Metro rail service might be coming to the city of West Hollywood.
The Los Angeles County Metropolitan Transportation Authority (Metro) Board of Directors voted to award a contract for environmental analysis and engineering for the proposed Crenshaw/LAX northern extension rail line, which will bring Metro rail service to West Hollywood.
“Today’s unanimous Metro Board vote means that the City of West Hollywood is one step closer to realizing our vision to #FinishTheLine and bring Metro rail service to our city and to connect the region,” said West Hollywood Mayor Lindsey Horvath. “This important milestone builds on years of progress, advocacy, and community support for more transit opportunities. The Crenshaw northern extension will provide critical north-south connections and enhance the existing Metro regional rail network, which is a win not only for West Hollywood — it’s also a win for the entire metropolitan region.”
The City of West Hollywood has been working with West Hollywood Advocates for Metro Rail (WHAM), the All on Board Coalition, and the City of Los Angeles to build support for the Metro rail line Northern Extension to connect the Crenshaw/LAX rail line with Mid-City, West Hollywood, the Metro Red Line station at Hollywood Boulevard and Highland in Hollywood, and possibly even the Hollywood Bowl. They have pushed to accelerate the completion of the Crenshaw/LAX rail line northern extension to as early as 2028, instead of 2047, in time for the Los Angeles 2028 Olympics and Paralympics.
In 2015 the West Hollywood City Council approved its plan in support of a Metro rail line northern extension to connect to the Crenshaw/LAX rail line.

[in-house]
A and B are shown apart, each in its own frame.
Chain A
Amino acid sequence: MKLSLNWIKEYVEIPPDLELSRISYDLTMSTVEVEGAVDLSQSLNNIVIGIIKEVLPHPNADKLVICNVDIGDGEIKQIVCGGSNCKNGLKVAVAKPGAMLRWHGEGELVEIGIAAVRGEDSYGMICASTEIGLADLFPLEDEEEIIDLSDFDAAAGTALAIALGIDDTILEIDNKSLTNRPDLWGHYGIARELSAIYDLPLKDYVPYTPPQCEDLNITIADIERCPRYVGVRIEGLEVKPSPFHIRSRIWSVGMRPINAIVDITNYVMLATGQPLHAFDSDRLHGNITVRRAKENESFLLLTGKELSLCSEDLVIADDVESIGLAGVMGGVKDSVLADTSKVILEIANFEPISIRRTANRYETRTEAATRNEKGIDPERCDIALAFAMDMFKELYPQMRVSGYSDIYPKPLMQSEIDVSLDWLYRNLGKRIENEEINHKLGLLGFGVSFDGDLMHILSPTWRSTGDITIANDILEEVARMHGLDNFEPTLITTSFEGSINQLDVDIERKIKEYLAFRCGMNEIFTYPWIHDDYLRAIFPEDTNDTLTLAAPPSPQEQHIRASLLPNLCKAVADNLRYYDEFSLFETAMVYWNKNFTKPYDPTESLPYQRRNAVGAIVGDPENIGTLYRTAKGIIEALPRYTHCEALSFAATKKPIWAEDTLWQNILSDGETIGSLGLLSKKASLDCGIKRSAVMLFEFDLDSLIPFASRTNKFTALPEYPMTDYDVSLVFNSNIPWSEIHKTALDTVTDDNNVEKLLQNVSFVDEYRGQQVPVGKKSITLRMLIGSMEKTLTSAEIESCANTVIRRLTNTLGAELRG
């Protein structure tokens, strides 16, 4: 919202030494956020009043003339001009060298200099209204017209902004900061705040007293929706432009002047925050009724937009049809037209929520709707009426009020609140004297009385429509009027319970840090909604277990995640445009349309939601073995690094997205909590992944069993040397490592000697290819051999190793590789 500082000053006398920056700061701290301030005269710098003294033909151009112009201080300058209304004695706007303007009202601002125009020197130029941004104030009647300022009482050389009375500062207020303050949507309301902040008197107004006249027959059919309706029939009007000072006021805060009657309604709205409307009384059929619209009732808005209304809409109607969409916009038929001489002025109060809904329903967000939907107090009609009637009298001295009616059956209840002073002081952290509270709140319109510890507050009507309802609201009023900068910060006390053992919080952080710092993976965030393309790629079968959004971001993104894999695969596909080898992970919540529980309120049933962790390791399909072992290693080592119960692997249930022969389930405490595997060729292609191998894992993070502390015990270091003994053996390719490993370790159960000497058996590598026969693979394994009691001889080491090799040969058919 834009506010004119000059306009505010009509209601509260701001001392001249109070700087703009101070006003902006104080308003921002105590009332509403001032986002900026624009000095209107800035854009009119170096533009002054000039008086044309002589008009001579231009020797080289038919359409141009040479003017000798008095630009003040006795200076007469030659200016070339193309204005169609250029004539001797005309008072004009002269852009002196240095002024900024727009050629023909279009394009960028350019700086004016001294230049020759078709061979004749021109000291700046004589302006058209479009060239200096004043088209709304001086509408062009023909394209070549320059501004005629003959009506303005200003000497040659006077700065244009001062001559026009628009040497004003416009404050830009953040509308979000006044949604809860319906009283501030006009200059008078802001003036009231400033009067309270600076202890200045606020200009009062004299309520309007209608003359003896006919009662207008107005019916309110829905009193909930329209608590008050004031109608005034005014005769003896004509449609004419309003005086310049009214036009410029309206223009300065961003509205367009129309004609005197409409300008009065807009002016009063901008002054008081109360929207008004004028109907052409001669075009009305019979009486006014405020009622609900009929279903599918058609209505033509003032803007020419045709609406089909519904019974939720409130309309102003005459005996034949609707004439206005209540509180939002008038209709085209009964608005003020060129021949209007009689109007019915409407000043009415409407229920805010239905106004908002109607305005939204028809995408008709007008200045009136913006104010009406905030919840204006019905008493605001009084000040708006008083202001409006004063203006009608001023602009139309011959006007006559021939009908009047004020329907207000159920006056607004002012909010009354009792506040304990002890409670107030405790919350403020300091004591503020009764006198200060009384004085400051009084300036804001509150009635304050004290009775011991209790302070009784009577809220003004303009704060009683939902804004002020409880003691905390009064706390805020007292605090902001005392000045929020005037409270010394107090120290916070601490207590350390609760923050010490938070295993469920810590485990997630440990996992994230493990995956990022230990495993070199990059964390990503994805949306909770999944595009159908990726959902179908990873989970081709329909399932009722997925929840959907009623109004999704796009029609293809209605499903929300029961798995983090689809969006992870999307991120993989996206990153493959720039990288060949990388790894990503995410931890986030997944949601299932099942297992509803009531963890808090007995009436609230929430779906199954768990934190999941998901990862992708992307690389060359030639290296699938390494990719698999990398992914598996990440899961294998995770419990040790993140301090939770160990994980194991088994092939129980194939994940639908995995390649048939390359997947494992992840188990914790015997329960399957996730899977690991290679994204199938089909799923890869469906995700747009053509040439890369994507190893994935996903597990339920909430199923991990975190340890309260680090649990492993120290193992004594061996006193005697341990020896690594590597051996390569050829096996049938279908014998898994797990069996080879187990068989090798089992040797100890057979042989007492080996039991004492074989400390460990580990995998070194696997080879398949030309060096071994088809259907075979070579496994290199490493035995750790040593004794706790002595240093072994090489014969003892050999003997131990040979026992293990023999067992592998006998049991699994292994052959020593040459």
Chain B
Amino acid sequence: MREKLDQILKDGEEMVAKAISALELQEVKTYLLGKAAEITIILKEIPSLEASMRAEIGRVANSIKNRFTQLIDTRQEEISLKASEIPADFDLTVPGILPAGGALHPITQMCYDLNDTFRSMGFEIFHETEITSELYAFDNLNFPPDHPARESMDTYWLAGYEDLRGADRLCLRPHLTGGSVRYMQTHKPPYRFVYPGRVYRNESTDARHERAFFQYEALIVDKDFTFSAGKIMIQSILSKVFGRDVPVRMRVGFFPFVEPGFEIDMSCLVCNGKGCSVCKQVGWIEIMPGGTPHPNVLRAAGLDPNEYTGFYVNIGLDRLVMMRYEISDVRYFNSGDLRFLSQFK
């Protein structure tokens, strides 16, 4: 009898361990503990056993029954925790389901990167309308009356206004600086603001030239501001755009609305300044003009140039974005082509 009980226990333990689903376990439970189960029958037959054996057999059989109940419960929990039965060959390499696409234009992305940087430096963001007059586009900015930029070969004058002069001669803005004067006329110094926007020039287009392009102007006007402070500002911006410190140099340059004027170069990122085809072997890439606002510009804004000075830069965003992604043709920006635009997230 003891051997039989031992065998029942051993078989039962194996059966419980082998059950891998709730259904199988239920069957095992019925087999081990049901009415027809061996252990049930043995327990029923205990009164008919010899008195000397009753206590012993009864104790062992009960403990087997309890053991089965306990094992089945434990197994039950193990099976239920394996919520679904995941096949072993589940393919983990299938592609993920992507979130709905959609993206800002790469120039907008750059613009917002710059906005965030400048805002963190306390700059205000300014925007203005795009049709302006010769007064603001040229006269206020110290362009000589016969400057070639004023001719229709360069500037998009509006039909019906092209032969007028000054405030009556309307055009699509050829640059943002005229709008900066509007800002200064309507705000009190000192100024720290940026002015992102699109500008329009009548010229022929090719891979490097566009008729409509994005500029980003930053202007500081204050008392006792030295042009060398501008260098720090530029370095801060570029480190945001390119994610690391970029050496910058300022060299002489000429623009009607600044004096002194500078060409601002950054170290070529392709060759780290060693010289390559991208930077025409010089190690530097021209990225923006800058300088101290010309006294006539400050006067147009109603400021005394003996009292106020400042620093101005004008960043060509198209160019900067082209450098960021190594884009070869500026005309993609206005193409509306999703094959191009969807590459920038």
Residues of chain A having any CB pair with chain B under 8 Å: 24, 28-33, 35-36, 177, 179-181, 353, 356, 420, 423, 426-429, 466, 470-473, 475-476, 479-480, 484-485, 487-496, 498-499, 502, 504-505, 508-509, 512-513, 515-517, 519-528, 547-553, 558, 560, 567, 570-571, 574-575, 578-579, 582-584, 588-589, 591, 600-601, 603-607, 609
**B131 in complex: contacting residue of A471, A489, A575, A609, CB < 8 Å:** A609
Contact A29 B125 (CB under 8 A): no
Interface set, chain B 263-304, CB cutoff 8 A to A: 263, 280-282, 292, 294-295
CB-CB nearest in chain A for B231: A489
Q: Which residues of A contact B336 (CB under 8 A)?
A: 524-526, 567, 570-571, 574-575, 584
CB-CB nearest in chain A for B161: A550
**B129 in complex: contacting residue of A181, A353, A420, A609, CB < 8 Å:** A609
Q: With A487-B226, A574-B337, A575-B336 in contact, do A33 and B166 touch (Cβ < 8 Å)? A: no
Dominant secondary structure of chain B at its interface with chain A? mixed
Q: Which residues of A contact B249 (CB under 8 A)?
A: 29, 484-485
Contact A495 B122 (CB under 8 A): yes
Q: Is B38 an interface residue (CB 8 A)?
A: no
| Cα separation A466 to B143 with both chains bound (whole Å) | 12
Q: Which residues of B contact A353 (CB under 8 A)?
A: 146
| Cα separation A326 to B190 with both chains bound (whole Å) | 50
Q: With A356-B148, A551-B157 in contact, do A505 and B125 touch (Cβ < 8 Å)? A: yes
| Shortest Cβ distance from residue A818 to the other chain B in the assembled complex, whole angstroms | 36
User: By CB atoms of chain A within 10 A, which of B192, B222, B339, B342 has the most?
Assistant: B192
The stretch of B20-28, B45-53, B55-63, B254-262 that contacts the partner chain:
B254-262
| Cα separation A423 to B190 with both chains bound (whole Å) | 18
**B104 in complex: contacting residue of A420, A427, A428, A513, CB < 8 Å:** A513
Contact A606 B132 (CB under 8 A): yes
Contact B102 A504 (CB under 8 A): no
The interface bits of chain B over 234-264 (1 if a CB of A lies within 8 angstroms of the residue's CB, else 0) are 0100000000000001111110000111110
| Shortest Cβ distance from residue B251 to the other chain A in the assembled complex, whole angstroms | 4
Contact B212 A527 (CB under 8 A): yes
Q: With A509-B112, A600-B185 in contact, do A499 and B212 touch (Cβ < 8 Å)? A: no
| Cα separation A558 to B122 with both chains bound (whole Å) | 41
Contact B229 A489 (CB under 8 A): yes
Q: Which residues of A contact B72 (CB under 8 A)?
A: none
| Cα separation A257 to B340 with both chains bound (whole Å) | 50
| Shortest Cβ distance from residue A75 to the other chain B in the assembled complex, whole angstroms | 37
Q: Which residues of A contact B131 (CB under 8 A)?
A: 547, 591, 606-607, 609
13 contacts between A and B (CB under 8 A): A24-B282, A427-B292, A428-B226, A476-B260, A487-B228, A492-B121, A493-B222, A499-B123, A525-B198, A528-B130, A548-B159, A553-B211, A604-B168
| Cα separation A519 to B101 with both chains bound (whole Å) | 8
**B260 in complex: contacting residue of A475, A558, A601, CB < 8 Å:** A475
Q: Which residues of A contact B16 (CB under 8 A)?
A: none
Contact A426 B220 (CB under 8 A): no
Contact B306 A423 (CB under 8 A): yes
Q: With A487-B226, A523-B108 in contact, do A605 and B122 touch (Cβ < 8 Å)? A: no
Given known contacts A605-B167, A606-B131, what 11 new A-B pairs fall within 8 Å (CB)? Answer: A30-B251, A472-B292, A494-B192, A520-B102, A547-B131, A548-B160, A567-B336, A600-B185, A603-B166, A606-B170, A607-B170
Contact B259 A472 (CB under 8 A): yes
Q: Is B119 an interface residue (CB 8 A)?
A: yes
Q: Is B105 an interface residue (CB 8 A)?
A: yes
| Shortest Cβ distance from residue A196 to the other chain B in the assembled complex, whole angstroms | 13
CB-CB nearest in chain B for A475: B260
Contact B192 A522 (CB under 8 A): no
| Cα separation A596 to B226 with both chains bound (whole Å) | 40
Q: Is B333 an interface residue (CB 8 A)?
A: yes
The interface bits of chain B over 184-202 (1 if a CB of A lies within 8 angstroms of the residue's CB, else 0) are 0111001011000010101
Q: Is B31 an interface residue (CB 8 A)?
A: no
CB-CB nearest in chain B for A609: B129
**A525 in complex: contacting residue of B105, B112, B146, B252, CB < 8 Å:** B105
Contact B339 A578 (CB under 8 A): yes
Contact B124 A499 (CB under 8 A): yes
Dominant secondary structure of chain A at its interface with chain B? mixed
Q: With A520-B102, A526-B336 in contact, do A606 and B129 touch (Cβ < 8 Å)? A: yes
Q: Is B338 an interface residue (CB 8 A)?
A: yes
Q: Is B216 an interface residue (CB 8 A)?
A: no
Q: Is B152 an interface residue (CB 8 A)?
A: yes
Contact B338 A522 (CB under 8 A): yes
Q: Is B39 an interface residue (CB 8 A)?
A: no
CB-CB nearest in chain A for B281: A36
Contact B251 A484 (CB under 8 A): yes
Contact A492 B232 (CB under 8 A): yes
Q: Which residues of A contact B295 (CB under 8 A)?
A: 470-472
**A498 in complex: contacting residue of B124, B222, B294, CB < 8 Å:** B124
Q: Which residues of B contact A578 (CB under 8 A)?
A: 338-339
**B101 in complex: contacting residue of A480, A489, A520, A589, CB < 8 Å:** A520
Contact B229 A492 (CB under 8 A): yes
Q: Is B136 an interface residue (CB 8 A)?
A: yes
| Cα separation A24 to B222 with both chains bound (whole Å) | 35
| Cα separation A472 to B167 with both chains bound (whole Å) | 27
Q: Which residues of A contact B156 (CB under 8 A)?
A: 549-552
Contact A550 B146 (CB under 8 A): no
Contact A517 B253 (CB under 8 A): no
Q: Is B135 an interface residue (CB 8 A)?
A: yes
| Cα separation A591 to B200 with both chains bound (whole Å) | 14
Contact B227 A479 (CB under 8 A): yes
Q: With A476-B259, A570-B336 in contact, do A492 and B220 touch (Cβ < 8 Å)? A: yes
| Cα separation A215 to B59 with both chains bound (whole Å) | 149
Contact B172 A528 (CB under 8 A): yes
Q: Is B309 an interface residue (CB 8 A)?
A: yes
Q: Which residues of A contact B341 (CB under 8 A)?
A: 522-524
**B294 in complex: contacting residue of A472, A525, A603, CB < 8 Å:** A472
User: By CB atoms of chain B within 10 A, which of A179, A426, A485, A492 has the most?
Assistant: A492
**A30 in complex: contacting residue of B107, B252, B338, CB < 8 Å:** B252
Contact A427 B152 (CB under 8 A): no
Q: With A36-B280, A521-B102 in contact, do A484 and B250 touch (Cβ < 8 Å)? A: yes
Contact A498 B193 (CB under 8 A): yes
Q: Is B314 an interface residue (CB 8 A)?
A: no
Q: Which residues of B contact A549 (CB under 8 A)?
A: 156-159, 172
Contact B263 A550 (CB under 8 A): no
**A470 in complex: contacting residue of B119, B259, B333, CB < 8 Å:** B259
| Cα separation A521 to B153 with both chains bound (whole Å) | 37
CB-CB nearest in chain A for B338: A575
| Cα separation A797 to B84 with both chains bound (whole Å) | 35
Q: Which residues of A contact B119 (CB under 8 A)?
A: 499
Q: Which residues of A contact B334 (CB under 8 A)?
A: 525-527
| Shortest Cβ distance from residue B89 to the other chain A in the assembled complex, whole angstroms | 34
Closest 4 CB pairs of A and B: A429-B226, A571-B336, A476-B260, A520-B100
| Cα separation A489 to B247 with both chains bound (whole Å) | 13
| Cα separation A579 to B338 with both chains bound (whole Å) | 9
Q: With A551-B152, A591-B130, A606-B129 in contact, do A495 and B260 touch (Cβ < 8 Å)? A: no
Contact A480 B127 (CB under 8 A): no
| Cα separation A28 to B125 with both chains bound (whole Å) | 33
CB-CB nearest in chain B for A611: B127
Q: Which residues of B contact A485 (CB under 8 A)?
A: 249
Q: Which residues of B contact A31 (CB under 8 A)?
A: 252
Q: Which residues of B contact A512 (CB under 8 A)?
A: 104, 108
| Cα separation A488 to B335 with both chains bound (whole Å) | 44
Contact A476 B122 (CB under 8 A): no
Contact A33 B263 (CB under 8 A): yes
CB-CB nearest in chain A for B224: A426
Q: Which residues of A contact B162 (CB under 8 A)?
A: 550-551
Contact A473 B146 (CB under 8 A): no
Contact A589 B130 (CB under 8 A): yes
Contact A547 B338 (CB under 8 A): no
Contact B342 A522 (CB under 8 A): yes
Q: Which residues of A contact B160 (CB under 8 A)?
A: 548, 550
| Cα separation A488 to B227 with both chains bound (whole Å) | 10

The project is expensive, and West Hollywood will have to pay a share of the costs. “The Measure M spending plan provides about $2.2 billion for the project, although early cost estimates show that the expected cost could be significantly more due to expected tunneling and bridges that could be needed,” Metro says . “Under Measure M, the project is scheduled to be built in the 2040s. But Metro — in partnership with the City of West Hollywood and the City of Los Angeles — is advancing planning work on two key conditions: 1) that funding can be found to accelerate the project, and; 2) that accelerating the project would not impact the timelines of other Measure M projects, as per Metro’s project acceleration policy.” Measure M is a ballot measure approved in 2016 that authorized a one-half cent increase in the county sales tax to fund Metro’s overall growth plans.
So far, West Hollywood has spent nearly $2 million on getting input from residents and businesses, analyzing the cost of the project, and lobbying Metro in support of the project. The contract for the next steps for the extension through West Hollywood was approved because the city met one of the criteria for ranking projects, which is whether a local jurisdiction is willing to allocate at least 10% more than the required 3% contribution to the local project. The mandatory 3% contribution would cost West Hollywood between $44 million and $66 million, depending on which route Metro finally chooses. An additional contribution of between 10% and 25% could cost West Hollywood between $70 million and $550 million. Metro still must approve budgets for the contract for this and future years and choose one of the route options and a plan to fund it before the project can move toward completion.